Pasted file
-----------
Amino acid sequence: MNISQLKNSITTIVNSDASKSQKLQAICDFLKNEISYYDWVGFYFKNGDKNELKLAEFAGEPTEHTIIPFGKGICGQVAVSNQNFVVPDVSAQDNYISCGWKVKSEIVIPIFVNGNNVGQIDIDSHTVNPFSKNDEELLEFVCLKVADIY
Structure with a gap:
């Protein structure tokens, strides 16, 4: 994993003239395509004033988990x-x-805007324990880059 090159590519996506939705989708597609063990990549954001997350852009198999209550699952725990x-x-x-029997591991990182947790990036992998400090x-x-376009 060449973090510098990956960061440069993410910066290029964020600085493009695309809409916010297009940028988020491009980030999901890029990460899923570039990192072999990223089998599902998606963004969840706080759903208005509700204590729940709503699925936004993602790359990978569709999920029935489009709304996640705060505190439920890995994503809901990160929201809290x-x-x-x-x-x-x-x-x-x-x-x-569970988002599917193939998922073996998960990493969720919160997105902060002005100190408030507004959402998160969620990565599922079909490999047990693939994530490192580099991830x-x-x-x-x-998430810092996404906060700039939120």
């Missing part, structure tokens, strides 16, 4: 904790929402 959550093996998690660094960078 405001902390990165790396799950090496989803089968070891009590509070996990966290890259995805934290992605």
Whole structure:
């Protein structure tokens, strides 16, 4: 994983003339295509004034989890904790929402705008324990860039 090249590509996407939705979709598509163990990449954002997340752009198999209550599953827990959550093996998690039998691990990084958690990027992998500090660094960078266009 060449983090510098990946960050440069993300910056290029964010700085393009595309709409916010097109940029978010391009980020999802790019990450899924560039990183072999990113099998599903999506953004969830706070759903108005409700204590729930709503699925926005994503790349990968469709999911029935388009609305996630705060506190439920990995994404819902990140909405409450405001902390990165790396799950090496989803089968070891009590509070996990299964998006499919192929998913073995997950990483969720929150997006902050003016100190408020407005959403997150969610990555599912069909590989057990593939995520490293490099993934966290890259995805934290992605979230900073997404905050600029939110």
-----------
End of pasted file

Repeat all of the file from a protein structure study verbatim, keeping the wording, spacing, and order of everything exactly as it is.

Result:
Amino acid sequence: MNISQLKNSITTIVNSDASKSQKLQAICDFLKNEISYYDWVGFYFKNGDKNELKLAEFAGEPTEHTIIPFGKGICGQVAVSNQNFVVPDVSAQDNYISCGWKVKSEIVIPIFVNGNNVGQIDIDSHTVNPFSKNDEELLEFVCLKVADIY
Structure with a gap:
């Protein structure tokens, strides 16, 4: 994993003239395509004033988990x-x-805007324990880059 090159590519996506939705989708597609063990990549954001997350852009198999209550699952725990x-x-x-029997591991990182947790990036992998400090x-x-376009 060449973090510098990956960061440069993410910066290029964020600085493009695309809409916010297009940028988020491009980030999901890029990460899923570039990192072999990223089998599902998606963004969840706080759903208005509700204590729940709503699925936004993602790359990978569709999920029935489009709304996640705060505190439920890995994503809901990160929201809290x-x-x-x-x-x-x-x-x-x-x-x-569970988002599917193939998922073996998960990493969720919160997105902060002005100190408030507004959402998160969620990565599922079909490999047990693939994530490192580099991830x-x-x-x-x-998430810092996404906060700039939120």
């Missing part, structure tokens, strides 16, 4: 904790929402 959550093996998690660094960078 405001902390990165790396799950090496989803089968070891009590509070996990966290890259995805934290992605």
Whole structure:
């Protein structure tokens, strides 16, 4: 994983003339295509004034989890904790929402705008324990860039 090249590509996407939705979709598509163990990449954002997340752009198999209550599953827990959550093996998690039998691990990084958690990027992998500090660094960078266009 060449983090510098990946960050440069993300910056290029964010700085393009595309709409916010097109940029978010391009980020999802790019990450899924560039990183072999990113099998599903999506953004969830706070759903108005409700204590729930709503699925926005994503790349990968469709999911029935388009609305996630705060506190439920990995994404819902990140909405409450405001902390990165790396799950090496989803089968070891009590509070996990299964998006499919192929998913073995997950990483969720929150997006902050003016100190408020407005959403997150969610990555599912069909590989057990593939995520490293490099993934966290890259995805934290992605979230900073997404905050600029939110």